The EPA’s New Air Quality Regulations: All Pain, No Gain (Part Two)
The U.S. Environmental Protection Agency (EPA) continues to expand its reach, creating a host of new regulations at a high cost to the economy. This is especially true of two new EPA initiatives: a proposed revision to the national ground-level ozone standard and the attempt to regulate greenhouse gas emissions under the Clean Air Act.
Stricter Ozone Standards. The EPA is proposing a new, more restrictive primary ozone standard under the National Ambient Air Quality Standards program, which regulates air pollutants the EPA deems unhealthy. Ozone is formed by a combination of other regulated pollutants, such as nitrogen oxides and volatile organic compounds. Thus, in order to reduce ozone levels, areas violating the new standard will have to reduce emissions from sources that emit components of ozone — such as vehicles, industrial facilities and electric utilities.
The current primary standard — set in 2008 and not yet implemented — is 0.075 parts per million (ppm), based on an eight-hour average of measurements by air monitors. The EPA suspended implementation of the current standard in 2009 to ensure that it had a solid scientific base. Based on its review, the EPA decided to set a new standard somewhere between 0.060 ppm to 0.070 ppm (also based on an eight-hour average). Finalization of the new standard has been delayed several times and no firm date has been set for a decision.
Most monitored counties — many in urban areas — will not meet the new standard. [See the figure.] In fact, up to 76 percent of the 675 U.S. counties where ozone is monitored would not meet a 0.070 ppm standard, according to a 2010 Congressional Research Service report. Up to 96 percent would not meet a 0.060 ppm standard. These so-called non-attainment areas will be subject to additional regulation and EPA oversight, making business expansion difficult and encouraging businesses to move to counties that do attain the standard or to leave the country entirely. Communities in non-attainment areas could also lose federal highway funding.
Estimates vary, but researchers agree that complying with a new ozone standard will be costly. Indeed:
- A 0.070 ppm standard could cause a $14.8 billion decline in production and the loss of 91,700 jobs by 2030 in the Cincinnati-Dayton, Ohio, region alone, according the U.S. Senate Committee on Environment and Public Works.
- Compliance costs could reach $19 billion to $25 billion for a 0.070 ppm standard and $52 billion to $90 billion (in 2006 dollars) for a 0.060 ppm standard by 2020, estimates the EPA.
- Roughly 7.3 million jobs could be lost by 2020 with a 0.060 ppm standard and the present value of the cost of attaining a 0.070 ppm primary standard could exceed $1 trillion, estimates the Manufacturers Alliance for Productivity and Innovation.
The benefits of a stricter ozone standard are questionable. The EPA regulates the ambient amount of ozone, but studies on health effects measure inhaled ozone. Ambient levels are 1.67 to 2.5 times higher than the amount that people inhale, according to Joel Schwartz, an adjunct professor of environmental studies at California State University, Sacramento. Studies have found that exposure to levels up to 0.1275 ppm are safe. Thus, for a person to actually be exposed to a harmful level, ambient ozone would have to be far above the 2009 national average concentration of 0.069 ppm.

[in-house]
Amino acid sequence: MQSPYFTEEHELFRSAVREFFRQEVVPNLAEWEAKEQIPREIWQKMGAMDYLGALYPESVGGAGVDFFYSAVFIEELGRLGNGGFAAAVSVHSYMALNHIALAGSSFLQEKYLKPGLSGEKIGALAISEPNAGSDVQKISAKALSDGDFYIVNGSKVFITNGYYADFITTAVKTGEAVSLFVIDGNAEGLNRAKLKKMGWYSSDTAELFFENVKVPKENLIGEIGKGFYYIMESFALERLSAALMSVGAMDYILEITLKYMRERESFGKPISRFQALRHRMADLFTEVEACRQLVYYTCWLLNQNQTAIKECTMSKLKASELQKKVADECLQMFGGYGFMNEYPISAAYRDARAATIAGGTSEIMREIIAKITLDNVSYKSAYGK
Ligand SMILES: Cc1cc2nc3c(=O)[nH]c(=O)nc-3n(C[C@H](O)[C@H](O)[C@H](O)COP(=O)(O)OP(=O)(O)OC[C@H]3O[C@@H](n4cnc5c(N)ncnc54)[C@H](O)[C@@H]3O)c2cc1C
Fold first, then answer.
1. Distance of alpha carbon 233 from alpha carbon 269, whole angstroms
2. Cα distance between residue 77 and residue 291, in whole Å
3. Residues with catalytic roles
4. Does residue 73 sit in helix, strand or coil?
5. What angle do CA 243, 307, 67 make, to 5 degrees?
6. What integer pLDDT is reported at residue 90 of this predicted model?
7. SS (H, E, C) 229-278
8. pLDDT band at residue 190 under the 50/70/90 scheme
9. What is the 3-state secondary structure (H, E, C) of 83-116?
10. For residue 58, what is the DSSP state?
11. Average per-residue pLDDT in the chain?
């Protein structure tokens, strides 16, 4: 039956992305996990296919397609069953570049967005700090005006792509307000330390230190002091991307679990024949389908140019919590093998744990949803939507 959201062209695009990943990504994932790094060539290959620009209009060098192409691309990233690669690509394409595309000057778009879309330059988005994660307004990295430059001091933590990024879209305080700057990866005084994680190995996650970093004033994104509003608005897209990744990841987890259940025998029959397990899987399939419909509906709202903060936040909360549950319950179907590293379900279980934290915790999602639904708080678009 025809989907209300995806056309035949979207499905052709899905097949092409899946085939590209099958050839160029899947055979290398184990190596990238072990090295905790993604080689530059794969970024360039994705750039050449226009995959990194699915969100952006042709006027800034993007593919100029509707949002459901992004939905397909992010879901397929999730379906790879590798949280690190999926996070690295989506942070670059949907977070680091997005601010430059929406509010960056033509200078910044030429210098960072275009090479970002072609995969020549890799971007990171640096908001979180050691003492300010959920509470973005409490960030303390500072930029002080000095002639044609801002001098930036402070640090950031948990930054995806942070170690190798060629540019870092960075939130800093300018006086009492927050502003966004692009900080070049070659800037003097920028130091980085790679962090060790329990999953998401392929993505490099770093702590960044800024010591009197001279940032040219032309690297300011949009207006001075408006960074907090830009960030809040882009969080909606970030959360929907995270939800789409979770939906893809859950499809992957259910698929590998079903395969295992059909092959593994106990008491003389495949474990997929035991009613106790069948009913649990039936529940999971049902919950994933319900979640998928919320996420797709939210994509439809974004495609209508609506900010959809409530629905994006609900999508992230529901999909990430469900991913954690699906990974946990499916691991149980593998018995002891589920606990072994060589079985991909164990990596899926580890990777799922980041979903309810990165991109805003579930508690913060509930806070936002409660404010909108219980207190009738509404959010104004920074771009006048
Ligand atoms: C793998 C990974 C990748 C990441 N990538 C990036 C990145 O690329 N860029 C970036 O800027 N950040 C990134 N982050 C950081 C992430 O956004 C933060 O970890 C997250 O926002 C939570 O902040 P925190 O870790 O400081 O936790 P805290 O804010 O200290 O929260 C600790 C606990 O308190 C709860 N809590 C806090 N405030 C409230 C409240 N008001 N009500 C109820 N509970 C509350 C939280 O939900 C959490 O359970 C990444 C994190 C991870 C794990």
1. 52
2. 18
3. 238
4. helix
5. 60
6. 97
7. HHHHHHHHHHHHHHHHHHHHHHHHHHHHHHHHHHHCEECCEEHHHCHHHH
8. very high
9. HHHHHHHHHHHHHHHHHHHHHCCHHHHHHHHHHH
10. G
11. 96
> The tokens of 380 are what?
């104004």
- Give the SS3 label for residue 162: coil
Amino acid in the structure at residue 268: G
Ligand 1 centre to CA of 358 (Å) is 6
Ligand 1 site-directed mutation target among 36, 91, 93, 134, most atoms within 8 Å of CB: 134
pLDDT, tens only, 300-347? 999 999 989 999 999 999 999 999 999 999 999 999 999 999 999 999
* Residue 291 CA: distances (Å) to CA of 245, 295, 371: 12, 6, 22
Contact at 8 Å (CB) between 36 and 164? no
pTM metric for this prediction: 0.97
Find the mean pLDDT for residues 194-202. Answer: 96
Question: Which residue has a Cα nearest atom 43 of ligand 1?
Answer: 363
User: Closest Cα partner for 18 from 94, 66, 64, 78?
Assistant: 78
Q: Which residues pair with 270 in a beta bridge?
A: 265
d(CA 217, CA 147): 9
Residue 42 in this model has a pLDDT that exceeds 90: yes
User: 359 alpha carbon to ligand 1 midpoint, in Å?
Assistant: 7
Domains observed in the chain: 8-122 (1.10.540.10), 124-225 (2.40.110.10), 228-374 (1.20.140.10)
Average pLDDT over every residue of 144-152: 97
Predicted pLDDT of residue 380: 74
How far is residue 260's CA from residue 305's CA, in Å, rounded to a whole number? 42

Expensive Greenhouse Gas Regulations. Under the Clean Air Act, the EPA is required to regulate emissions of any air pollutant that it determines to be dangerous to public health. A 2007 Supreme Court ruling found that greenhouse gases, including carbon dioxide, are pollutants. In December 2009, the EPA published a finding that greenhouse gases are dangerous to public health. As a result, the EPA must begin regulating greenhouse gas emissions, which it had not previously controlled under the Clean Air Act.
Air pollution sources that have the potential to emit more than 100 tons per year of a regulated pollutant must apply for a Title V operating permit. Less than 20,000 pollution sources needed permits in the absence of EPA greenhouse gas regulation. Over time, regulating greenhouse gases as pollutants could increase the number of sources that need operating permits to roughly 6 million.
Studies have found that regulation of greenhouse gases would be very costly. Consider:
- An estimated 476,000 to 1,400,000 jobs would be lost by the end of 2014, according to the American Council for Capital Formation.
- Up to 2.5 million jobs could be lost, the average annual household income could be decreased by $1,200, and gasoline and residential electricity prices would increase by 50 percent by 2030, estimates Management Information Services, Inc., an economic research firm.
- Nearly $7 trillion (in 2008 dollars) in economic output would be lost by 2029, reports the Heritage Foundation.
Unfortunately, the EPA’s efforts will be futile. Even if the entire Western Hemisphere suddenly eliminated all carbon dioxide emissions, the effect on global emissions would likely be offset within a decade by the growth of China’s emissions alone. Indeed, the EPA expects total emissions from developing countries to exceed those from developed countries by 2015, and expects global greenhouse gas emissions to grow until at least 2030.
Conclusion. Affordable energy is a key component of a prosperous economy. Higher energy prices and the loss of over 7 million jobs and billions of dollars of gross domestic product over the next two decades — with no offsetting public health or environmental benefit — will make present and future generations worse, not better, off. Congress should therefore act immediately to stop the EPA before it can further hamper our struggling economy.
Kennedy Meier is a policy intern with the National Center for Policy Analysis.